So when deciding to visit Austria, the decision wasn’t WHETHER to visit a wine region, it was WHICH region to visit.1 Yes, many are more familiar with Niederösterreich (Lower Austria) particularly Wachau, but as a red wine lover first, I wanted to check out the red wines that had been becoming more and more prominent in the world.
Despite its reputation as a place for cold weather, Austria is not too cold to make red wines. Even with its mostly cool continental climate, the southern part of the country enjoys warm, dry conditions where red grapes can thrive and takes on a warm continental climate. So while the famed Wachau isn’t known for red wines (bring on the Grüner Veltliner!) an hour trip southeast of Vienna will land you right in the middle of the red wine region Burgenland. The region, which sits within the Pannonian climate zone and receives more sun hours than anywhere else in Austria, is the holy grail for red wine production in Austria.
Part of Hungary until 1921 when it was annexed as Austria’s 9th state, Burgenland has been engaged in wine growing for over two thousand years. The larger Burgenland region is comprised of four smaller, wine-growing regions – Neusiedlersee DAC, Leithaberg DAC, Mittelburgenland DAC, and Eisenberg DAC.
The northern Neusiedlersee and Leithaberg sub-regions surround Lake Neusiedl and produce quality red wines. The further south you go down both sides of the lake brings you into sweet wine country where world class wines are crafted from Botrytized (noble rot) grapes.2 The central Mittelburgenland sub-region and the southernmost Eisenberg round out the region.
While there are upwards of 6,000 total vintners in the region, only about 600 actually bottle wine. Today, red wine accounts for approximately 70% of production in the region. This shift in focus from white to red occurred in the 1980s.
Burgenland Grape Varieties
The primary red grapes of the region consist of indigenous varieties with Blaufränkisch, Zweigelt, and St. Laurent leading the way. Small amounts of Pinot Noir crop up as well. White varieties of the region include Welschriesling, Weissburgunder (Pinot Blanc), Chardonnay as well as smaller amounts of Neuberger and Grüner Veltliner. Harvest typically occurs in late August/early September. And I’ll be the first to admit that I was wrong about Zweigelt and Blaufränkisch. I’d had a few non-Austrian versions in the past that I wasn’t a fan of which caused me to just avoid them altogether. Well I’ve now come to my senses!
To be sure, Blaufränkisch is the star of Burgenland as it is grown in all the sub-regions and enjoys DAC status in all but the Neusiedlersee DAC, where Zweigelt reigns supreme.3It has been described as having the elegance of Burgundy Pinot Noir, the pepperiness of Northern Rhône Syrah, and the structure of Nebbiolo from Piedmont. It is also a vehicle for terroir as much as say, Chardonnay as it tastes like the place it grows. Blaufränkisch is characterized by its dense structure, bold tannins, and dark fruit and has good ageing potential.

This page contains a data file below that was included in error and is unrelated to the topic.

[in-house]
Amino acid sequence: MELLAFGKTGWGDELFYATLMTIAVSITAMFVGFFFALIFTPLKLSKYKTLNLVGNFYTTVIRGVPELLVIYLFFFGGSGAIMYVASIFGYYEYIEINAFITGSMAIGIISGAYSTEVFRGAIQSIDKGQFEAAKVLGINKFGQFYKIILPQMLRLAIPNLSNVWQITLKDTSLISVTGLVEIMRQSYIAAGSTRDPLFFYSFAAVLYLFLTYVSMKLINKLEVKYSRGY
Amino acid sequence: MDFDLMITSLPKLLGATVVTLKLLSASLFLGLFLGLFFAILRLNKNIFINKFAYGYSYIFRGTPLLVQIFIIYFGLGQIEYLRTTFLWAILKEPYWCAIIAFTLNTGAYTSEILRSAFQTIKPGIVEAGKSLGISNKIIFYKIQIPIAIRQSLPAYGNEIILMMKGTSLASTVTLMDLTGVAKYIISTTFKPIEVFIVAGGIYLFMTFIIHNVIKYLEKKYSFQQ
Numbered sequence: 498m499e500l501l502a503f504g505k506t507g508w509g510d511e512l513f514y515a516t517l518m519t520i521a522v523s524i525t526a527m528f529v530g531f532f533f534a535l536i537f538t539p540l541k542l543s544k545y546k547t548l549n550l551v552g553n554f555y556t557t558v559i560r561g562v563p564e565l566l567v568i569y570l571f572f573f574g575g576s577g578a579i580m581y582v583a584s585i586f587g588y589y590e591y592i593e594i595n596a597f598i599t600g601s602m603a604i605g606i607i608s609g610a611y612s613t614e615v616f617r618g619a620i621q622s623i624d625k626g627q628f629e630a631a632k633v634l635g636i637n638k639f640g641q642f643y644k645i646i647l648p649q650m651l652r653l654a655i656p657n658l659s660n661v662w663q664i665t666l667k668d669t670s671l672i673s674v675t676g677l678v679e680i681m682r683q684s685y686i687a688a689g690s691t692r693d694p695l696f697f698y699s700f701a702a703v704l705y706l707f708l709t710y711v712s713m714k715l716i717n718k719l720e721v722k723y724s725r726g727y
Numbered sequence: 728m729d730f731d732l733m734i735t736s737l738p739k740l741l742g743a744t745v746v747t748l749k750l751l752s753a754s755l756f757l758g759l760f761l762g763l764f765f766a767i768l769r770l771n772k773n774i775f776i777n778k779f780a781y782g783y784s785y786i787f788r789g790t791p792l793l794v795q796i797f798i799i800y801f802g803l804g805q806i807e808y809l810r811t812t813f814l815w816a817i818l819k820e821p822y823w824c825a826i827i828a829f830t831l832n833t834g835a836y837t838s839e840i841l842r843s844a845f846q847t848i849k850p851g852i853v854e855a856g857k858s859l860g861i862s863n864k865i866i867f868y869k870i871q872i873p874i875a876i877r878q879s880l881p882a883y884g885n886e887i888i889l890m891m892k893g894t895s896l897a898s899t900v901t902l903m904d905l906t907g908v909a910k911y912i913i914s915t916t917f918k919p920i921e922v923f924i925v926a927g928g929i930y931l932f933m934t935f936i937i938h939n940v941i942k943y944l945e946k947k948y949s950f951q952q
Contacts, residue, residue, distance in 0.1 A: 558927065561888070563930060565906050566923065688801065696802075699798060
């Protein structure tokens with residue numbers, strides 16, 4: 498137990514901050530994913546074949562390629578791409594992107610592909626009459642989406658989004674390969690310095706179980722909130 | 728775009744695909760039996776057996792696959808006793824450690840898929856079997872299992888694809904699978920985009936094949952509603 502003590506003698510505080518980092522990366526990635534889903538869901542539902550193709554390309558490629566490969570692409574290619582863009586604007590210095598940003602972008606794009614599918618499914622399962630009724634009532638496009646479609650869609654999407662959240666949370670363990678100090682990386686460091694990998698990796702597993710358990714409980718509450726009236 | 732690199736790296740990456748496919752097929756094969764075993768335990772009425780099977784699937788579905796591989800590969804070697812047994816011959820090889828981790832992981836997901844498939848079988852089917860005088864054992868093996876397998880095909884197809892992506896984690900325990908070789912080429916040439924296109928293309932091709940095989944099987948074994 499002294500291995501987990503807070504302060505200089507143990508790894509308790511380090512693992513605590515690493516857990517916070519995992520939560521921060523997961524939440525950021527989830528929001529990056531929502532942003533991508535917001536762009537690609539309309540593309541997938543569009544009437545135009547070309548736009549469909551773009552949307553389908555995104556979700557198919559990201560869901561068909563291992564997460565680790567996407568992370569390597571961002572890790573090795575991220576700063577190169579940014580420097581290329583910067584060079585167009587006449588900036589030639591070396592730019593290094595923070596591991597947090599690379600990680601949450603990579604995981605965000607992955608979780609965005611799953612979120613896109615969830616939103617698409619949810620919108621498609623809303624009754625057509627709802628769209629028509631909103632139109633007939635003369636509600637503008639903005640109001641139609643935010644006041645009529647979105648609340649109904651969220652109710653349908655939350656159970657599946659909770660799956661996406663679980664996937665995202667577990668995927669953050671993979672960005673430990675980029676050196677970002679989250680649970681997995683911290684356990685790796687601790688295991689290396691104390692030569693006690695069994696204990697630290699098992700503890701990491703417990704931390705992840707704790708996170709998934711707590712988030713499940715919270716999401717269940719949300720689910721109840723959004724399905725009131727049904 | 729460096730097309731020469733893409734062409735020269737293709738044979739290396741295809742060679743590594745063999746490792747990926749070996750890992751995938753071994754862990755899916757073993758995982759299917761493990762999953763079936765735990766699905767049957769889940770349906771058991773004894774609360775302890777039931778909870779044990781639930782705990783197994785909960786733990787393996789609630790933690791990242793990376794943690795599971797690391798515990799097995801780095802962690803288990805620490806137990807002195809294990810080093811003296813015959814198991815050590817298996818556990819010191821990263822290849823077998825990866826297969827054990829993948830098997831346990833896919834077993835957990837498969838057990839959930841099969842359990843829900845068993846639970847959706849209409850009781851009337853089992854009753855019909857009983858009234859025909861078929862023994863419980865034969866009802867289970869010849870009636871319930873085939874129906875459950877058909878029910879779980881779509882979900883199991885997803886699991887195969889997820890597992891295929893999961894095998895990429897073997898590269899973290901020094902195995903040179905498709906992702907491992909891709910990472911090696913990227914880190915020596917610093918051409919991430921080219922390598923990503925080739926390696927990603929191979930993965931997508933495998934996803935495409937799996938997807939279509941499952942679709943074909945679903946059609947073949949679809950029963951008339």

Zweigelt, which is the most widely planted red grape in all of Austria, is primarily limited to Neusiedlersee in Burgenland where it enjoys DAC status. This cross of Blaufränkisch and St. Laurent covers the wine spectrum from fruity, easy-drinking, non-wood versions to bold, structured wines that see some oak. It is known as a crowd pleaser that both white and red wine drinkers alike can enjoy. In Neusiedlersee, the wines are rich and opulent with juicy cherry fruit.
St. Laurent (or Sankt Laurent) as it is known in Austria, comes from Pinot Noir and another unknown variety which explains why it’s often compared to Pinot Noir.4 But Pinot it is not. While it may bear some resemblance to Pinot, it often shows more structure and tannin. Small amounts are grown in the region and can be found as stand-alone varietals or as part of blends.
A visit to the northern part of the region can be done as a day trip from Vienna via a one-hour train ride. If the wineries in and around Gols and further south on the eastern edge of Lake Neusiedl are your focus, take the train to Neusiedl am See. If venturing west of the lake, which includes some of the famed sweet wines near picturesque Rust, then take the train to Eisenstadt. Either way, you’re in for a treat. I took the train to Neusiedl am See and started my day in Gols, working my way west and finishing up in the town of Jois.
For a deep dive of the area over the course of several days, Eisenstadt (for west of the lake) and Neusiedl (for east of the lake) would make a great base. With increasing tourism in the region numerous restaurants, hotels, not to mention lake activities have cropped up.
Wineries to Visit
If I had one word to sum up my visit with all the winemakers I met with, it would have to be ‘Family’. Every winemaker I met with had some story, some special connection between their wine and their family. From the quality of the Pannobile wine growers, to the beauty of Pinot Noir and St. Laurent, to the draw-dropping prowess of Leithaberg, I had a hard time finding a winemaker that I wasn’t thrilled to meet and whose wines didn’t exemplify the distinct terroir(s) of Burgenland.
To make the most of my day trip, I focused on the areas east and north of Lake Neusiedl. After a quick train ride from Vienna, I started the day in the village of Gols tasting with three winemakers that are part of the Pannobile Wine Group. The Pannobile Wine Group is a nine-member growers’ association5 located in the village of Gols which is on the eastern (and warmest) side of Lake Neusiedl. The group came together to establish a platform where they could collaborate and cooperate, all while representing the region’s excellence. In addition to their own individual winery efforts, each member of the group selects a wine from their portfolio each year as a candidate to be considered as a Pannobile Wine. A wine labeled ‘Pannobile’ may be either red or white and must be made from local, indigenous varieties6 for red Pannobile wines and from Pinot varieties or Neuberger for whites.
The Parndorfer Platte is the source of the Pannobile wines. The south-facing slope is located near the village of Gols and features complex soils, which together with the slope’s southerly aspect produce wines that are profound, complex, and that offer longevity. The production from the Pannobile plain benefits from close proximity to Lake Neusiedl. An uncharacteristically shallow lake7 its surface functions as a reservoir that stores warmth from the day and releases it at night to ripen the fruit on the surrounding hillside vineyards.